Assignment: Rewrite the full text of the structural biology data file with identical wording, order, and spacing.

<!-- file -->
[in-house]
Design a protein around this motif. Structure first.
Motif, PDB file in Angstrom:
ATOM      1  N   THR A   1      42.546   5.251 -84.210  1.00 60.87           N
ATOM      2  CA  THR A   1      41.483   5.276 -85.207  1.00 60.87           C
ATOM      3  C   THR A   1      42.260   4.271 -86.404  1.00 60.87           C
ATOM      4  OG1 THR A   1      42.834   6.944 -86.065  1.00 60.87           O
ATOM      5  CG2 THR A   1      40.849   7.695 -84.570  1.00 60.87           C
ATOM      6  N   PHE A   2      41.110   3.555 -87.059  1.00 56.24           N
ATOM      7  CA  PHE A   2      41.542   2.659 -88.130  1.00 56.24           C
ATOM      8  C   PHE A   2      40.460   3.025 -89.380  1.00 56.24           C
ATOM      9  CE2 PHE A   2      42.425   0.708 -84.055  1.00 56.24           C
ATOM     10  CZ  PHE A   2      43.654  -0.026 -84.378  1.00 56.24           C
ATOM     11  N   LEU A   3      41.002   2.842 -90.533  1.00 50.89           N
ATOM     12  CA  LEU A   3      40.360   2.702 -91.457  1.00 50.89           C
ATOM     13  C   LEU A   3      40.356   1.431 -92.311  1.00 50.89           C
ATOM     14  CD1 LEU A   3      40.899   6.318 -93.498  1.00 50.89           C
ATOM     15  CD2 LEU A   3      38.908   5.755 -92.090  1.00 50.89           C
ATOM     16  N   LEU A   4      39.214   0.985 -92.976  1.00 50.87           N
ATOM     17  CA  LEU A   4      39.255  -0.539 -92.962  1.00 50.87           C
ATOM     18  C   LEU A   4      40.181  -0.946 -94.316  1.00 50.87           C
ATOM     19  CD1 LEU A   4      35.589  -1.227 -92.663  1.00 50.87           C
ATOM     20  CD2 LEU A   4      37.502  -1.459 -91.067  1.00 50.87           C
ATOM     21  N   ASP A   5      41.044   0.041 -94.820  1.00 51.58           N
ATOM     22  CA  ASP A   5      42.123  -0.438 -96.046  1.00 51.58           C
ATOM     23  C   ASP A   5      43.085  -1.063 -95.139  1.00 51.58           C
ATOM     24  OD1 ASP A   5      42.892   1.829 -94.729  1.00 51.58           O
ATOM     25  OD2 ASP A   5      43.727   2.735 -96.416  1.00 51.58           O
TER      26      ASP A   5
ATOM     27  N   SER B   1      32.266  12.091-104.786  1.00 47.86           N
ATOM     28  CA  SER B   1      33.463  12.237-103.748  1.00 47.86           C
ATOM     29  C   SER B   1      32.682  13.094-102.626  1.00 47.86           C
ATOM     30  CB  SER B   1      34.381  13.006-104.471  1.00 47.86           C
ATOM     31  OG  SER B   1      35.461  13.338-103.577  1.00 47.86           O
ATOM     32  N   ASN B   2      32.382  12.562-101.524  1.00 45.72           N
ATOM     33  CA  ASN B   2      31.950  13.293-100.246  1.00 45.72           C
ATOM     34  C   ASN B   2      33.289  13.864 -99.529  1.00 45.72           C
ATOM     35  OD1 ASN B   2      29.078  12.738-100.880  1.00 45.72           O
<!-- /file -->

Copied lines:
[in-house]
Design a protein around this motif. Structure first.
Motif, PDB file in Angstrom:
ATOM      1  N   THR A   1      42.546   5.251 -84.210  1.00 60.87           N
ATOM      2  CA  THR A   1      41.483   5.276 -85.207  1.00 60.87           C
ATOM      3  C   THR A   1      42.260   4.271 -86.404  1.00 60.87           C
ATOM      4  OG1 THR A   1      42.834   6.944 -86.065  1.00 60.87           O
ATOM      5  CG2 THR A   1      40.849   7.695 -84.570  1.00 60.87           C
ATOM      6  N   PHE A   2      41.110   3.555 -87.059  1.00 56.24           N
ATOM      7  CA  PHE A   2      41.542   2.659 -88.130  1.00 56.24           C
ATOM      8  C   PHE A   2      40.460   3.025 -89.380  1.00 56.24           C
ATOM      9  CE2 PHE A   2      42.425   0.708 -84.055  1.00 56.24           C
ATOM     10  CZ  PHE A   2      43.654  -0.026 -84.378  1.00 56.24           C
ATOM     11  N   LEU A   3      41.002   2.842 -90.533  1.00 50.89           N
ATOM     12  CA  LEU A   3      40.360   2.702 -91.457  1.00 50.89           C
ATOM     13  C   LEU A   3      40.356   1.431 -92.311  1.00 50.89           C
ATOM     14  CD1 LEU A   3      40.899   6.318 -93.498  1.00 50.89           C
ATOM     15  CD2 LEU A   3      38.908   5.755 -92.090  1.00 50.89           C
ATOM     16  N   LEU A   4      39.214   0.985 -92.976  1.00 50.87           N
ATOM     17  CA  LEU A   4      39.255  -0.539 -92.962  1.00 50.87           C
ATOM     18  C   LEU A   4      40.181  -0.946 -94.316  1.00 50.87           C
ATOM     19  CD1 LEU A   4      35.589  -1.227 -92.663  1.00 50.87           C
ATOM     20  CD2 LEU A   4      37.502  -1.459 -91.067  1.00 50.87           C
ATOM     21  N   ASP A   5      41.044   0.041 -94.820  1.00 51.58           N
ATOM     22  CA  ASP A   5      42.123  -0.438 -96.046  1.00 51.58           C
ATOM     23  C   ASP A   5      43.085  -1.063 -95.139  1.00 51.58           C
ATOM     24  OD1 ASP A   5      42.892   1.829 -94.729  1.00 51.58           O
ATOM     25  OD2 ASP A   5      43.727   2.735 -96.416  1.00 51.58           O
TER      26      ASP A   5
ATOM     27  N   SER B   1      32.266  12.091-104.786  1.00 47.86           N
ATOM     28  CA  SER B   1      33.463  12.237-103.748  1.00 47.86           C
ATOM     29  C   SER B   1      32.682  13.094-102.626  1.00 47.86           C
ATOM     30  CB  SER B   1      34.381  13.006-104.471  1.00 47.86           C
ATOM     31  OG  SER B   1      35.461  13.338-103.577  1.00 47.86           O
ATOM     32  N   ASN B   2      32.382  12.562-101.524  1.00 45.72           N
ATOM     33  CA  ASN B   2      31.950  13.293-100.246  1.00 45.72           C
ATOM     34  C   ASN B   2      33.289  13.864 -99.529  1.00 45.72           C
ATOM     35  OD1 ASN B   2      29.078  12.738-100.880  1.00 45.72           O